From the TUC

September’s ‘Want Work’ figures

17 Sep 2009, by in Economics, Labour market

There are five and a half million people who want work and either haven’t got a job or can’t work as many hours as they would like.

Last month I promised to keep a record of the “want work” figures each month. The unemployment figures are very important, but they don’t tell us the whole story about the misery of being out of work. Some people don’t meet the definition of an unemployed person, because they are disabled or students or looking after children, for instance, and they are classified as ‘economically inactive’. The employment figures typically show that one economically inactive person in four or five still wants work – there are currently 7,986,000 economically inactive people of working age, so this is a significant group of people.

In addition, there are people in part-time jobs who really want to work full-time. There are always more people working part-time because they don’t want a full-time job, which is a good thing, but a growing number of involuntary part-timers is always a bad sign. As the recession has bitten deeper, so the proportion of part-time workers who’d really prefer full-time jobs has grown steadily:

Proportion of part-time workers who could not get a full-time job


May – July 08

Aug – Oct 08

Nov – Jan 09

Feb – Apr 09

May – Jul 09







The ‘want work’ level is the number of unemployed people plus the number of unemployed people plus the number of economically inactive people who want a job. In the latest labour market figures, this level reached 4,614,000 – up from 4,531,000 last month:

Working age Want Work figures, May – July 2009

Want work level

Want work rate

Part-time – couldn’t find full-time




We also show a “Want Work rate” which shows this figure as a proportion of the total population, excluding economically inactive people who don’t want jobs. This month the figure reached 14.1% – up from 13.3% last month.

We record the numbers of involuntary part-time workers separately, because they do have some work, but they are undoubtedly part of the total picture of labour market slack. In this month’s figures the number of people in this position rose to 971 thousand, a seven thousand increase on last month’s figures.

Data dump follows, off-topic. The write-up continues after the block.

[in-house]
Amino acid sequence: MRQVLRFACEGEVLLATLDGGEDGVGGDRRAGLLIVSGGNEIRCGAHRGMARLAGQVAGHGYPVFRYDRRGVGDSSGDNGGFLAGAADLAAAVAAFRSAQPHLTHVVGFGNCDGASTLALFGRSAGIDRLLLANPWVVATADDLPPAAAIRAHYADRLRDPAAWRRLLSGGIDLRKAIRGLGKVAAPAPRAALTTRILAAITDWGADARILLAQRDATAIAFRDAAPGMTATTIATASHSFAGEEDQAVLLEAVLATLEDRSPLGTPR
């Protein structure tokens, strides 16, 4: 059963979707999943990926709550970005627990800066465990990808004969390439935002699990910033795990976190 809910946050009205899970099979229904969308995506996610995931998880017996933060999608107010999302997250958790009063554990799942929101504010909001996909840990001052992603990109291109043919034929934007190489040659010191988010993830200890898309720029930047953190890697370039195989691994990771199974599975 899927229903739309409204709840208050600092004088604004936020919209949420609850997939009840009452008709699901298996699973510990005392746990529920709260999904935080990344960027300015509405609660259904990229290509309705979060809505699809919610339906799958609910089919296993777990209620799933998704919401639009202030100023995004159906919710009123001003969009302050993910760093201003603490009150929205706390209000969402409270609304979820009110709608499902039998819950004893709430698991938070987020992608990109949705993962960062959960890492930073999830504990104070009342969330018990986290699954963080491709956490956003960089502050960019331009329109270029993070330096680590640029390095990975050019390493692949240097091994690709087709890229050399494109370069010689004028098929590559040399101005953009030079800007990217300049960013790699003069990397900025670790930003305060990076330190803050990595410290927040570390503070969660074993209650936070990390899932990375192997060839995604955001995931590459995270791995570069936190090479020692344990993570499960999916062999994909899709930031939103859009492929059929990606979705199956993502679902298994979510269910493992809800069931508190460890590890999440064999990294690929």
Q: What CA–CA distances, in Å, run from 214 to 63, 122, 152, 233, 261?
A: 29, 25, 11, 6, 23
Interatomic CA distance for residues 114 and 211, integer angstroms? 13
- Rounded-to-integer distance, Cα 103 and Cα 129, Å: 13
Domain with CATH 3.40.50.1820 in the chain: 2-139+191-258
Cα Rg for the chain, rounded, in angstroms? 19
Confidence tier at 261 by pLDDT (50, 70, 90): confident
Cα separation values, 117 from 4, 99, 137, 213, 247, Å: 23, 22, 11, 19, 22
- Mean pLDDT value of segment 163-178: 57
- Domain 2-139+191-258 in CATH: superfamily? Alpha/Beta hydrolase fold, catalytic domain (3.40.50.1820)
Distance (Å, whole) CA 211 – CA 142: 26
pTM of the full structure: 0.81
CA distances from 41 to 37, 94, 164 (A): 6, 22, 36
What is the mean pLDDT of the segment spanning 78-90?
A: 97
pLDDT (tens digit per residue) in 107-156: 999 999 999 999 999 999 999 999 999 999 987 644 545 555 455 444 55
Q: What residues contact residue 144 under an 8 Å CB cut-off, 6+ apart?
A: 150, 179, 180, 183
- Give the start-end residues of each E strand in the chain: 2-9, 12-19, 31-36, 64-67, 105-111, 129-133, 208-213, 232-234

One seventh of the potential workforce don’t have jobs and nearly a million people are working less than ideal hours. We cannot talk about an end to the recession until these figures start to fall.

3 Responses to September’s ‘Want Work’ figures

  1. Tax Research UK » September’s ‘Want Work’ figures
    Sep 17th 2009, 8:06 pm

    […] September’s ‘Want Work’ figures | ToUChstone blog: A public policy blog from the TUC. […]

  2. September’s ‘Want Work’ figures | called2account
    Sep 17th 2009, 8:21 pm

    […] September’s ‘Want Work’ figures | ToUChstone blog: A public policy blog from the TUC. […]

  3. linda kaucher
    Sep 18th 2009, 10:02 am

    Then why is the TUC not raising the issue of almost all new jobs going to migrant labour, the problem of free movement of labour within the EU, the awarding of contracts to overseas firms that can then bring in own labour (backed by ECJ Viking Laval decisions), the overseas student issues – graduates allowed to stay and work for 2 years after graudating, when so many UK gradates are out of work ( or stay for ever, as the Baroness Scotland issue suggests), only benefitting university fatcats.

    The TUC is also deafeningly silent on the Mode 4 – movement of cheap labour into the EU being cast irrevocably into every EU trade agreement under negotiation. Why?

    Aren’t you paid to deal with these issues on behalf of UK workers, who you supposedly work for?